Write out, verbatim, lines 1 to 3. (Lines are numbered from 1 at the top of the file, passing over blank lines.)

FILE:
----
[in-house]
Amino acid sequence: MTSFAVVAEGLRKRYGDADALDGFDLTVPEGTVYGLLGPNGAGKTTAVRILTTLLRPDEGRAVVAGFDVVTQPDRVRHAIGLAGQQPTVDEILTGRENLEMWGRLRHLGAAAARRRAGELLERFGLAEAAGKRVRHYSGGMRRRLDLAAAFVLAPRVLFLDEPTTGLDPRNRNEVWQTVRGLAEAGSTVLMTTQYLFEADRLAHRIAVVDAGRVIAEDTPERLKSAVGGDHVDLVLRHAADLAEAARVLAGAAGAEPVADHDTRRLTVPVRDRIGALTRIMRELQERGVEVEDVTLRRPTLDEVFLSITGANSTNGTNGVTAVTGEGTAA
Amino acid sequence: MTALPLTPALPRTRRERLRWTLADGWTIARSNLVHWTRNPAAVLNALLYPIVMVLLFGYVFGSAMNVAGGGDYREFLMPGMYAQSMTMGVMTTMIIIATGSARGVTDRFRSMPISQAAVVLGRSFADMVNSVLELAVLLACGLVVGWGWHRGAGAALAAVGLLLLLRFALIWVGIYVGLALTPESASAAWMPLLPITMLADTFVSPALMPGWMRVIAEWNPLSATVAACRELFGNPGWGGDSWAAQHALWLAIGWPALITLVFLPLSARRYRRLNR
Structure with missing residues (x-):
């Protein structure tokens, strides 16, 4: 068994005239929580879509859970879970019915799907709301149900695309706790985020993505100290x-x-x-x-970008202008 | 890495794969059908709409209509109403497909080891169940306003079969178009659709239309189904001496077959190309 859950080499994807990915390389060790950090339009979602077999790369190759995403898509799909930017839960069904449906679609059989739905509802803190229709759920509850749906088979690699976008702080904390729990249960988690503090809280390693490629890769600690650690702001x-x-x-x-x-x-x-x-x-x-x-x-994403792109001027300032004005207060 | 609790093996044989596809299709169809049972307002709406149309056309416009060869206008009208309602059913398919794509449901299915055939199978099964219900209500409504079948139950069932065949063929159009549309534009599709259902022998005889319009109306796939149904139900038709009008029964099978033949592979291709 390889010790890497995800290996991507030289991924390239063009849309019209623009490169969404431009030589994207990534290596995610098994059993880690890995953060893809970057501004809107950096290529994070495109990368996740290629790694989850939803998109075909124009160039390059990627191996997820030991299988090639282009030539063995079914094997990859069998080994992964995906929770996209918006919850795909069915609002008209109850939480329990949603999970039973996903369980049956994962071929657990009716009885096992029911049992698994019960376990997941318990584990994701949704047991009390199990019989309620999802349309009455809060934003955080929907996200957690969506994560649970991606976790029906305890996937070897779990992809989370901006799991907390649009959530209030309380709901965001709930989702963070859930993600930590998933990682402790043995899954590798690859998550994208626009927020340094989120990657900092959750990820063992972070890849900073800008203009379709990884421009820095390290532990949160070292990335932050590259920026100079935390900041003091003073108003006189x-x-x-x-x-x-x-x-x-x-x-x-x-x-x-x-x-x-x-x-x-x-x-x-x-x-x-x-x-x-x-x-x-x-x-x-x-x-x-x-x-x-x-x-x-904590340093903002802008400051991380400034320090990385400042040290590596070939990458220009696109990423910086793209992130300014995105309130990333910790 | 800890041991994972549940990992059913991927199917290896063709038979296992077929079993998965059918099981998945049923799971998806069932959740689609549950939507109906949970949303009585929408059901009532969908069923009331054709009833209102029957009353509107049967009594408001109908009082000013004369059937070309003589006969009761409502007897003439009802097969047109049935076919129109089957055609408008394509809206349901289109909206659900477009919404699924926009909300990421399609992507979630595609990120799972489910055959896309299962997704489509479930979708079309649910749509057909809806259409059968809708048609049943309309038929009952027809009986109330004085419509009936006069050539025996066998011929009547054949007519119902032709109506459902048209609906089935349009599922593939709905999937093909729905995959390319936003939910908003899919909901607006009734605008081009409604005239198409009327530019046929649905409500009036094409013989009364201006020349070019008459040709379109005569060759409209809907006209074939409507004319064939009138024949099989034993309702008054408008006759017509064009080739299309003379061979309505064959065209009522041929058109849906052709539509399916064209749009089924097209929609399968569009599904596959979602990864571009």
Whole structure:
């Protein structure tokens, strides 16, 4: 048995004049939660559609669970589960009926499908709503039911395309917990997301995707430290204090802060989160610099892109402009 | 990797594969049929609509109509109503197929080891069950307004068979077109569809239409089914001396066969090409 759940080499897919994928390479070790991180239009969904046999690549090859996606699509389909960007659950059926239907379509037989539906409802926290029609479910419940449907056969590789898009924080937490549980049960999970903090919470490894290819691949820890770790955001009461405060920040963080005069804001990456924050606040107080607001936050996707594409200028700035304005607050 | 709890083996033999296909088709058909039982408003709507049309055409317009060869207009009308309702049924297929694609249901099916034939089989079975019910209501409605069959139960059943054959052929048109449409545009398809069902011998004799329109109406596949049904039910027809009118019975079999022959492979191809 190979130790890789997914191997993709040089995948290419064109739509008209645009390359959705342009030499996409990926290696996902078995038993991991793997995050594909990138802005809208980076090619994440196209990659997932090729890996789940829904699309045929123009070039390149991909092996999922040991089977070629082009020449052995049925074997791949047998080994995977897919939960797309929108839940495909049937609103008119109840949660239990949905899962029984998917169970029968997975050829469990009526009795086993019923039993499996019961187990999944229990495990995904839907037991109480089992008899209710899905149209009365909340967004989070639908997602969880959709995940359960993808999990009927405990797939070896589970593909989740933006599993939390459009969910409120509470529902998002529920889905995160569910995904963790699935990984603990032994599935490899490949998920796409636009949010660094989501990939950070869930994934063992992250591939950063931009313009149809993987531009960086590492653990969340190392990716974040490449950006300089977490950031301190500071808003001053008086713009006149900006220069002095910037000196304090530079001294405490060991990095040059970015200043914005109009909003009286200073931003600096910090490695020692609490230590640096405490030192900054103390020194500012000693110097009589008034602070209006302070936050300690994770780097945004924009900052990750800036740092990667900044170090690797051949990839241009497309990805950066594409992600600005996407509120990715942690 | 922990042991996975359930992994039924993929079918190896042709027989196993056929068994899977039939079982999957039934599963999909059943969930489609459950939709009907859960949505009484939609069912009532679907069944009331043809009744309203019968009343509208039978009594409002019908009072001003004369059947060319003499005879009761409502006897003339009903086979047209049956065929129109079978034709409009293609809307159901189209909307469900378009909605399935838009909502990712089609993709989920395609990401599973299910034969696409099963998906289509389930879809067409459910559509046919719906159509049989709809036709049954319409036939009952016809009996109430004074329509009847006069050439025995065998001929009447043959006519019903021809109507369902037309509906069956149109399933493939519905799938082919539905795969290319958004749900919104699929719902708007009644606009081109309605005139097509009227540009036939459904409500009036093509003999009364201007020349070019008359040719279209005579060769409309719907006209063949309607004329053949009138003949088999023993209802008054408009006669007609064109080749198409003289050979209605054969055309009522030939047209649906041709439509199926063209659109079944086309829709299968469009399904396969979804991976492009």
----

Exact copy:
[in-house]
Amino acid sequence: MTSFAVVAEGLRKRYGDADALDGFDLTVPEGTVYGLLGPNGAGKTTAVRILTTLLRPDEGRAVVAGFDVVTQPDRVRHAIGLAGQQPTVDEILTGRENLEMWGRLRHLGAAAARRRAGELLERFGLAEAAGKRVRHYSGGMRRRLDLAAAFVLAPRVLFLDEPTTGLDPRNRNEVWQTVRGLAEAGSTVLMTTQYLFEADRLAHRIAVVDAGRVIAEDTPERLKSAVGGDHVDLVLRHAADLAEAARVLAGAAGAEPVADHDTRRLTVPVRDRIGALTRIMRELQERGVEVEDVTLRRPTLDEVFLSITGANSTNGTNGVTAVTGEGTAA
Amino acid sequence: MTALPLTPALPRTRRERLRWTLADGWTIARSNLVHWTRNPAAVLNALLYPIVMVLLFGYVFGSAMNVAGGGDYREFLMPGMYAQSMTMGVMTTMIIIATGSARGVTDRFRSMPISQAAVVLGRSFADMVNSVLELAVLLACGLVVGWGWHRGAGAALAAVGLLLLLRFALIWVGIYVGLALTPESASAAWMPLLPITMLADTFVSPALMPGWMRVIAEWNPLSATVAACRELFGNPGWGGDSWAAQHALWLAIGWPALITLVFLPLSARRYRRLNR